A key characteristic of this study system is that tadpoles of both species are able to survive on other foods, if available, although detritus in the small pools used by R. imitator is minimal and generally insufficient for tadpole growth and development (Brown et al., 2008b). Fundamental questions about the evolution of this novel behavior in R. imitator concern how it affected genetic, behavioral, microbial characteristics of tadpoles consuming this dramatically different diet, and vice-versa. There are several mechanisms that could have enabled or enhanced the ability to process this novel diet, including (1) enhanced facultative or constitutive increases in the expression of digestive enzymes in the guts of R. imitator tadpoles, or (2) an altered gut microbiome in R. imitator, with gut microbes that allow better digestion of eggs. We note that these are not mutually exclusive possibilities, and both could be acting in concert.

To investigate the potential mechanisms underlying the evolution of egg feeding in this genus of frogs we used each species’ facultative ability to utilize multiple sources of food and developed a comparative experiment (Fig. 1). We used a factorial design in which both R. imitator and R. variabilis were fed a detritus or egg diet. We then examined gene expression in the guts of these tadpoles, and conducted a thorough microbial screening using bar-coding. Our results suggest the presence of an unanticipated evolutionary mechanism.

Fig. 1
figure 1

Experimental design of field and lab tadpole feeding experiments, showing species, treatments and sample sizes (see text for further explanation)


Gene Expression

Figure 1 shows the experimental design of the differential expression experiments analyzed for this study. Controlling for multiple comparisons, between egg-fed, natural pool and detritus-fed, large pool treatments of R. imitator, 15 transcripts were significantly differentially expressed (Table 1).

Table 1 Transcriptome contig transcript IDs, associated genes and organisms from BLAST searches (blastn) of transcripts (and matching statistics), for transcripts showing significant differential expression between egg-fed and detritus-fed treatments from field experiments with R. imitator tadpoles

BLAST (Camacho et al., 2009) searches (blastn) of the NCBI nucleotide database using these sequences matched sequences of protein digesting enzymes (e.g. cysteine peptidases) from a group of protists known as parabasalians (Čepička et al., 2017) for seven out of the fifteen sequences. For example, one transcript is most closely related to a cysteine peptidase from the parabasalian protists Trichomonas vaginalis (a well-known parasite of the human reproductive tract). Placing this sequence in a phylogenetic context using SHOOT (Emms & Kelly, 2022): (S1 Appendix, Materials and Methods) showed (Fig. 2) that this sequence falls within a clade of Trichomonas vaginalis sequences (sequence data for this species is abundantly available in the GenBank database). Six other transcripts also matched proteases (peptidases) closely related to proteases previously identified in parabasalian protists (particularly Trichomonas vaginalis, Trichomonas gallinae, Tritrichomonas foetus, Dientamoeba fragilis).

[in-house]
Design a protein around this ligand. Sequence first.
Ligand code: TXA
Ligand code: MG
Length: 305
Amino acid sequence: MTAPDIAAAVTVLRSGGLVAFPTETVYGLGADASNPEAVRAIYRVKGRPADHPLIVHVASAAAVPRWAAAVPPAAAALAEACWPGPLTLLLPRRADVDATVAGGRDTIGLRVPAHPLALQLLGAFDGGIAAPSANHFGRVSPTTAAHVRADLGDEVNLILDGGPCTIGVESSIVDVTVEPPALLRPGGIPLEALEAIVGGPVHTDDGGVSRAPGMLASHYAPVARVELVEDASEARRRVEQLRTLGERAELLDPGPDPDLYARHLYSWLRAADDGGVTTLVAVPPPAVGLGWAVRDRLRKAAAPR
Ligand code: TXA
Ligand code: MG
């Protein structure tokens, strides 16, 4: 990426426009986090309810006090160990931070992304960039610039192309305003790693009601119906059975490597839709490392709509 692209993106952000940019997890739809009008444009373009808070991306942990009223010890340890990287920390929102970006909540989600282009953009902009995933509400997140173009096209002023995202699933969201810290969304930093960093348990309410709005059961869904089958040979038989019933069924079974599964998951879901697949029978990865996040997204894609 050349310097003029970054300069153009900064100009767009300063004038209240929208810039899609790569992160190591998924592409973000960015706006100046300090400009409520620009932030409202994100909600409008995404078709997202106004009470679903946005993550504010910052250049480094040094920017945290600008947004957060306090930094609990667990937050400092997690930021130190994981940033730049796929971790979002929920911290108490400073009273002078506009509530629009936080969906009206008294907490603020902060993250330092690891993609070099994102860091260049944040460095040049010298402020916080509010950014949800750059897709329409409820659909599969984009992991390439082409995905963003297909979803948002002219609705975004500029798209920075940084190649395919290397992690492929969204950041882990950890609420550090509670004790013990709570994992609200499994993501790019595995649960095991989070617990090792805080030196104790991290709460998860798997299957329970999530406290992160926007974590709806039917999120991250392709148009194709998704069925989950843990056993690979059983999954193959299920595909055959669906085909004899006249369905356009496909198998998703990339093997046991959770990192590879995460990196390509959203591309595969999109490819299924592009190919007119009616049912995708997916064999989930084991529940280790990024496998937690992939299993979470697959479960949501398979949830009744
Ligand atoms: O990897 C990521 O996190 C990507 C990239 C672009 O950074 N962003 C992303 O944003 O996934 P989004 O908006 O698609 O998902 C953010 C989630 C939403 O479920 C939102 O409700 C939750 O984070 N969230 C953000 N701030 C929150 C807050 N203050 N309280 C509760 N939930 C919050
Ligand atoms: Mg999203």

Fig. 2
figure 2

Phylogenetic tree depicting the evolutionary relationships of a sample peptidase sequence from the R. imitator transcriptomic sequencing (RNA-seq) gene expression results to other organisms in the nucleotide sequence database (see text for further explanation). Numbers at the base of each node represent bootstrap values. Letters and numbers following each species name represent individual sample sequence accession numbers

These parabasalian peptidase sequences were highly expressed in the field egg-fed treatment, but not in the field detritus-fed treatment. For example, Fig. 3 shows the expression levels for a cathepsin-like cysteine peptidase under the field egg-fed versus field detritus fed R. imitator. This gene was highly expressed in the R. imitator egg-fed treatment, but showed no expression in the detritus-fed treatment. The protein-digesting function of these enzymes is of obvious significance given the high protein content of an egg-based diet.

Fig. 3
figure 3

Abundance estimates (transcripts per million) for parabasalian peptidase sequences in the R. imitator field egg-fed versus field detritus fed experiments (see text for further explanation)

We also found increased expression of common gene products (actin, ITS, 5.8S, 18S and 28S rRNA) in the egg-fed treatment that also are most similar to sequences of parabasalian protist sequences. One of these transcripts was an actin gene that matched most closely to an actin sequence from the parabasalian Trichomitus batrachorum. This is the only parabasalian originally identified in amphibians, although it has now been identified in other ectotherms (Dobell, 1909). Taken together, these results suggest a significant contribution to gut gene expression in the presence of an egg diet from an unknown parabasalian in R. imitator. We note here that the 18S gene is used for the eukaryotic microbiome barcoding analyses that we describe below.